• Required composition of minerals differs from that for soils
  • Most important: composition in water can change very rapidly eg. because of selective uptake by plants
  • Concentration should be between 1000 and 2500 ppm

About the water

Cornell strongly recommends to start with water analysis.

  • Alkalinity, reported as units of Calcium Carbonate equivalents CaCO3. 0 to 300 ppm is common. More important value than pH.

    • “Depending on your alkalinity, you may need to choose a fertilizer formulation with a greater proportion of acidic nitrogen forms (ammonium or urea) or add acid to neutralize the alkalinity and counter the pH rise.”

    • “Often linked with your water alkalinity are considerable levels of Ca, Mg and S in the water”, also Sodium and chloride and compensate with fertilizer.

  • Electrical conductivity (EC), should ideally beless than 0.25 mS/cm for closed systems.

Needed nutrients


  • nitrogen
  • phosphorus
  • potassium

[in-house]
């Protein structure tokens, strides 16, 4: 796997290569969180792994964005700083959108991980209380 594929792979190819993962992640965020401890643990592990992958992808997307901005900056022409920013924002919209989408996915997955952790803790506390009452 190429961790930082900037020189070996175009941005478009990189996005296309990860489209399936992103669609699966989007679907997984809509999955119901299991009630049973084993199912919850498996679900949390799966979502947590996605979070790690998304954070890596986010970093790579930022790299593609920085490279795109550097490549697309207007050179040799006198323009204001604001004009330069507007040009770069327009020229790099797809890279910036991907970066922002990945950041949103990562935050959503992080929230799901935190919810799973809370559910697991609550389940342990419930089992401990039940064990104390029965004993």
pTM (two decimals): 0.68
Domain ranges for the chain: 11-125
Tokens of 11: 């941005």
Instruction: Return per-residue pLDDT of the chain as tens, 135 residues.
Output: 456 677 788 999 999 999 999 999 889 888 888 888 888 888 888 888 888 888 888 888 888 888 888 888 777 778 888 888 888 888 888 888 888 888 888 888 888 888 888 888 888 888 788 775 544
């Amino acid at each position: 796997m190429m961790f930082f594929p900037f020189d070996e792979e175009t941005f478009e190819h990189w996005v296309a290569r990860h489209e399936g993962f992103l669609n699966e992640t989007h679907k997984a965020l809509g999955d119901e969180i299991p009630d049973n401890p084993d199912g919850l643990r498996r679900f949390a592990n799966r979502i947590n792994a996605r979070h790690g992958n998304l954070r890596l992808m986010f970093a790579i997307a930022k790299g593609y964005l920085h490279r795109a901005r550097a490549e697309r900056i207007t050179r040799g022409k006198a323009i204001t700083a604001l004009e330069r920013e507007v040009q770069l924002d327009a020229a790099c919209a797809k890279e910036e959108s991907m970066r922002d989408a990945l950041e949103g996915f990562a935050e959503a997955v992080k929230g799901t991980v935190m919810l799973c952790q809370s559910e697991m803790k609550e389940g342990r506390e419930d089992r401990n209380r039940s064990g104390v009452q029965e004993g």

• sulfur
  • calcium
  • magnesium


  • iron
  • manganese
  • zinc
  • boron
  • copper
  • molybdenum
  • chloride
  • nickel

Chloride and nickel aren’t included in most recipes, as they’re available in sufficient quantities as impurities.

Plant types

For vegetative crops, most nutrient-solution recipes don’t adjust the ratio of nutrients while they grow; whereas, in fruiting crops the ratio may be adjusted to alter the shift between vegetative and reproductive growth.

  • 150ppm N works well for head and leaf lettuce during the main production stage;
  • 175 to 200ppm N is more appropriate for kale, Swiss chard and mustard greens, which tend to be slightly heavier feeders.
  • During seedling propagation a some-what lower fertilizer target of 125ppm N works well for both
  • tomato and other fruiting crops have higher nutrient demands than leafy greens: higher nitrogen, potassium, calcium and magnesium

Plant stages

  • vegetative growth: high in nitrogen, calcium and magnesium
  • flowering: high in potassium and phosphorus
  • nitrogen restriction inhibits vegetative growth and helps induce flowering.


Symptoms of nutrient deficiencies

Improving nutrient uptake

To improve nutrient uptake:

  • chelating agents can be added
    • humic substances (Note: science seems to know very little about humic substances. They are complex molecules apparently created during dead plant breakdown, which help with plant growth “substantially” according to some studies)


  • Use stock tanks to avoid a nasty precipitate or sludge that will occur when specific nutrients are mixed in the concentrated form (e.g. calcium can combine with phosphates and sulfates to form insoluble precipitates)